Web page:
Open with DEXTER
In the text
thumbnail Fig. A.1

VST g-band mosaic of NGC 1399, NGC 3923, NGC 4365, NGC 4472, NGC 5044, and NGC 5846, showing the masking of bright sources in the field.

Open with DEXTER
In the text
thumbnail Fig. B.1

VST g-band surface brightness profiles of NGC 3923, NGC 4365, NGC 4472, NGC 5044, and NGC 5846, extracted in azimuthal sectors and compared with the azimuthally averaged profile. The red line is the average profile, while the dashed lines indicate the location of the transition radii.

Open with DEXTER
In the text
thumbnail Fig. C.1

VST g-band profiles of NGC 1399, NGC 3923, NGC 4365, NGC 4472, NGC 5044, and NGC 5846 plotted on a logarithmic scale. The blue line indicates a fit to the outer regions. The magenta line indicates a fit to the inner regions with a Sérsic profile with n fixed from theory (Cooper et al. 2013), and the black line indicates the sum of the components in each fit. The dotted line indicates the core of the galaxy (R ~ 2 arcsec), which was excluded in the fit.

Open with DEXTER
In the text
thumbnail Fig. D.1

Same as Fig. 1 for NGC 3923. The V-band measurements of Sikkema et al. (2007; magenta) shifted by +0.7 mag to match the amplitude of the VEGAS profile.

Open with DEXTER
In the text
thumbnail Fig. D.2

Same as Fig. D.1 for NGC 4365. The V-band surface brightness profile by Kormendy et al. (2009, magenta points in the bottom panel) was shifted by +0.2 mag to match the amplitude of the VEGAS profile.

Open with DEXTER
In the text
thumbnail Fig. D.3

Same as Fig. D.1 for NGC 4472. The V-band surface brightness profile by Kormendy et al. (2009, magenta points in the bottom panel) was shifted by +0.33 mag to match the amplitude of the VEGAS profile.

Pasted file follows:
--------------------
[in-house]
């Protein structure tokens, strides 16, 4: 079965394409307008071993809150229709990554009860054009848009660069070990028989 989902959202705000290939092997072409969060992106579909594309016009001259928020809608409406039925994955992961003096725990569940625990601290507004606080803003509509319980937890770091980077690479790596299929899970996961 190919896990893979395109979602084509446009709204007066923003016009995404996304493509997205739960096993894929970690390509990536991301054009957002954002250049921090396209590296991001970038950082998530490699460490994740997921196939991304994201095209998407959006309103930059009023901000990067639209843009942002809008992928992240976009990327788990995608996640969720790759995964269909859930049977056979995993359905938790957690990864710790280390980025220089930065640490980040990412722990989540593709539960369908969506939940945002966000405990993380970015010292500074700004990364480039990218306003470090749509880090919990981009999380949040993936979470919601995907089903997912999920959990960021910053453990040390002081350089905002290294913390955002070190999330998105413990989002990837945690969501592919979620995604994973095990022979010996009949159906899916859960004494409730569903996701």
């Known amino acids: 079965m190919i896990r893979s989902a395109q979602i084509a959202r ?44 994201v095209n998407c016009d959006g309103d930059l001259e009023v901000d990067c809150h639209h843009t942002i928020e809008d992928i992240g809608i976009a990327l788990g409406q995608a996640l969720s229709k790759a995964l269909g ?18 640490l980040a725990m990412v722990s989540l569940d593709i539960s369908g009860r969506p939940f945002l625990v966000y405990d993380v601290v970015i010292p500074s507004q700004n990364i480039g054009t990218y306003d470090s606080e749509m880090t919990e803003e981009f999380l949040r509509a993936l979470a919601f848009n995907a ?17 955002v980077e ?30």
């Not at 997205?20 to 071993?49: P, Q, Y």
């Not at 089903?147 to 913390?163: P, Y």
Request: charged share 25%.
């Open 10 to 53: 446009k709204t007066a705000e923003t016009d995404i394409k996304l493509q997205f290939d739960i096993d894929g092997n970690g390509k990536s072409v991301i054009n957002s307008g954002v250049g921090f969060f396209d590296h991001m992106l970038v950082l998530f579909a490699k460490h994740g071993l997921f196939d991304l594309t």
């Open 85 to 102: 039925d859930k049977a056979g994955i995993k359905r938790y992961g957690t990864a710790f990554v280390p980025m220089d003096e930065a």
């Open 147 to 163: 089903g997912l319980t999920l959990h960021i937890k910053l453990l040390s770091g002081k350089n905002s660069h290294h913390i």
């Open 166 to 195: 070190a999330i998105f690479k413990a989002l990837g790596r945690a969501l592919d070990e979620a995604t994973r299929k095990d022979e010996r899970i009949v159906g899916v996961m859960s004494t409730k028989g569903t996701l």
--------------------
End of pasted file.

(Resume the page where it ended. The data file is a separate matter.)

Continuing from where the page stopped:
Open with DEXTER
In the text
thumbnail Fig. D.4

Same as Fig. D.1 for NGC 5044.

Open with DEXTER
In the text
thumbnail Fig. D.5

Same as Fig. D.1 for NGC 5846. The V-band surface brightness profile by Kronawitter et al. (2000, magenta points in the bottom panel) was shifted by +0.23 mag to match the VEGAS result.

Open with DEXTER
In the text
thumbnail Fig. D.6

VST g-band profiles of NGC 1399, NGC 3923, NGC 4365, NGC 4472, NGC 5044, and NGC 5846 plotted on a logarithmic scale. The black line is a fit to the surface brightness profiles with a single Sérsic law. The dashed line indicates the core of the galaxy (~ 1.5 × FWHM), which has been excluded in the fit.

Open with DEXTER
In the text
thumbnail Fig. D.7

VST g-band profiles of NGC 1399, NGC 3923, NGC 4365, NGC 4472, NGC 5044, and NGC 5846 plotted on a logarithmic scale. The blue line is a fit to the outer regions with an exponential component, for NGC 1399, NGC 3923, NGC 4365, and NGC 4472, and with a Sérsic component for NGC 5044 and NGC 5846. The magenta line is a fit to the inner regions with a Sérsic profile, and the black line is the sum of the components in each fit. The dashed lines indicate the core of the galaxy (1.5 × FWHM), which was excluded in the fit, and the transition point between the two components, respectively.

Open with DEXTER
In the text
thumbnail Fig. D.8

Same as Fig. D.7, in linear scale as a function of R/Re. In the small boxes, the enlarged portions of the inner regions in a log radius scale are shown and the dashed lines indicate the cores of the galaxies (~1.5 ×FWHM), which have been excluded from the fit.

Open with DEXTER
In the text
thumbnail Fig. D.9

VST g-band profiles of NGC 1399, NGC 3923, NGC 4365, NGC 4472, NGC 5044, and NGC 57.546, fitted with a three-component model motivated by the predictions of theoretical simulations.

Open with DEXTER
In the text